When it comes to job applications, I believe that everyone, employers and applicants alike would agree to the same fundamental questions: Why are we doing one? What does it really ask? How does it really help the employer decide who is right for the job?
First, let’s review what a job application is really for. Candidly, it is an exercise to find out who is interested enough in the job to actually fill one out. It also allows a somewhat fair comparison in terms of being able to compare similar biographical, educational or work experience of the various candidates in a fairly simple way. Essentially, it helps standardize the procedure for the employer. The negative is that this comparison may filter out potentially great candidates because they don’t “look good” on paper. Most applications also do not allow the applicant to express much creativity or explain anything in great detail. In many situations, the application is a “pre-screen” of who at least looks good on paper and MAY be worthwhile to move to the interview process. I always like to tell people that the cover letter encourages employers to look at your CV. Your CV allows them to request an application. The application and CV become the backbone of the interview process. So keep a copy and review before you go into the interview. Be ready to discuss and put everything on the application in a positive light during the interview.So what are the employers really looking for (or what should they be looking for)? They can quickly review whether the applicant has the basic skills set and/or experience that is required for the job. These applications may help separate out the candidates who the employer wants to find out more about or even those that stand out on paper from all the rest of the applicants. Good applications also allow for a subtle review of how people get along with others and like to be managed. Good applications can reveal about how a candidate likes to be recognized for achievement and rewarded for a job well done. Great applications can also be a test of communication skills and basic knowledge. Most importantly, think what the employers are really asking. See some examples below:
- Past Job responsibilities: Do they have the skill set that is required?
- Terms of employment: Stability
- Favorite part of a previous job: What tasks do they prefer and how do they like to be managed?
- Least favorite part of a previous job: Will there be personnel, management or work ethic problems?
- Biggest accomplishment: How do they like to be recognized?
- Most valuable prior experience: Did they read the current job description and position themselves so their strengths are what we are looking for?
- How others describe you: How they would like to be described. What traits they think they have.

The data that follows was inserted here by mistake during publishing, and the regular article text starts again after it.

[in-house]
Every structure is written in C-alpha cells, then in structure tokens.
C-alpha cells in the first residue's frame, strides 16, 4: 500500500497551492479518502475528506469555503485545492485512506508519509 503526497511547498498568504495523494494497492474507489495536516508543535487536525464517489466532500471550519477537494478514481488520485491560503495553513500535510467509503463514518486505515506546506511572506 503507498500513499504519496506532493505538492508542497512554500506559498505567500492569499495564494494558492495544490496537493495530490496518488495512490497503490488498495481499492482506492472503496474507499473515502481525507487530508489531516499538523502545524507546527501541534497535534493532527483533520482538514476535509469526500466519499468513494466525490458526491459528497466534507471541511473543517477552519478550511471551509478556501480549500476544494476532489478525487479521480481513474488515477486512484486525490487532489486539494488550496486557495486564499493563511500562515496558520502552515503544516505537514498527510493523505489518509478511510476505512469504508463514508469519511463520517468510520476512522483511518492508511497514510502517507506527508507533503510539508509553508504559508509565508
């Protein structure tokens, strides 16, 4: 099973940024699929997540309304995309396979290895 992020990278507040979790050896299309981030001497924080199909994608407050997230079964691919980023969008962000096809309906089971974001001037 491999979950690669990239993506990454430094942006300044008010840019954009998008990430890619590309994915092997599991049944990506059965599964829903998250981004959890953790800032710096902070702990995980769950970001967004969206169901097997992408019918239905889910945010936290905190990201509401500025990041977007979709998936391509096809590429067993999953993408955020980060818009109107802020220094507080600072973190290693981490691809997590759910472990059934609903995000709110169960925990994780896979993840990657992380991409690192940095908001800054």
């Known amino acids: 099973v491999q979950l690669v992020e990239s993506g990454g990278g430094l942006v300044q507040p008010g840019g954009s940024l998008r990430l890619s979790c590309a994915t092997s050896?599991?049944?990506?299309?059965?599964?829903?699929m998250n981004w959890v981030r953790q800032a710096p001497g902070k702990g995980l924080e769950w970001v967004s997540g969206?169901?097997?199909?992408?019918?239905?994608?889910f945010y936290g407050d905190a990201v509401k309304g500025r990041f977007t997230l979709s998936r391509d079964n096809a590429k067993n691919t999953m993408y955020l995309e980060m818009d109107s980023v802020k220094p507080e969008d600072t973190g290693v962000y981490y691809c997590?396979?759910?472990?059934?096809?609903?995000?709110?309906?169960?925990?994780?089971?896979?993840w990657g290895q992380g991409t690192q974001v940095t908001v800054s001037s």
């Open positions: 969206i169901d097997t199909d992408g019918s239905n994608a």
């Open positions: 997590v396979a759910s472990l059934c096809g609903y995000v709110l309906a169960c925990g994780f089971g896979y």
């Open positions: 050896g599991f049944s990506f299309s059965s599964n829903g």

- Math test: Can they do simple math in their head?
- Personality profile: Are there personality traits that will cause conflict with other members? Do they have the right personality for the position?
What you can’t ask
Workers Comp History
Great applications serve as an important filter to prevent unnecessary and costly interviews and serve as a critical framework for the interview process and other parts of the recruitment process. Give careful consideration to exactly what you ask and what is being asked in an employment application. You can download job application templates for various positions within your office on our website and save hours of work.
APPLICANTS: Before you fill out an app—make sure you have a file or list of all pertinent information that you may need. Download sample job applications off the web and fill them in so you have all of the necessary and pertinent information in one place. Be prepared to express in WRITING why you are the best candidate for the job. Dare to be original! This may be exactly what is necessary to make you stand out from the rest of the applicants who, most likely, monotonously filled out all the same forms but never expressed why they were really interested in the position. Have an answer written out so you can quickly answer such a question in a very positive light. This is not the time to be thinking about how you want to answer ANY question. Applicants should do their homework BEFORE they fill out the applications. Understand EXACLTY what the job description outlines as essential skills, education, or personality traits PRIOR to filling out the application. You always (truthfully, of course) want to position your answers so they align with the skills or traits required for the position. Before you hand in the application, check and DOUBEL CHECK that there are no grammatical or spelling errors, no blank questions, and no illegible words or incorrect statements. Be sure to express your personality the best you can on any essay or open-ended questions. Remember - you NEED TO BE more interesting or better qualified than everyone else to be the best candidate going into the interview process.
Applications don’t get you a position, but they can’t prevent you from getting one!
APPLICANTS: Applications don't get you a position, but they can't prevent you from getting one!
By giving your staff clear direction about what they are supposed to do, you clear the path for them to get things done. To learn more about job descriptions, be sure to check out our 5 part video podcasts on Recruitment. If you need any help please don’t hesitate to contact my team. We would love the opportunity to help make your business better.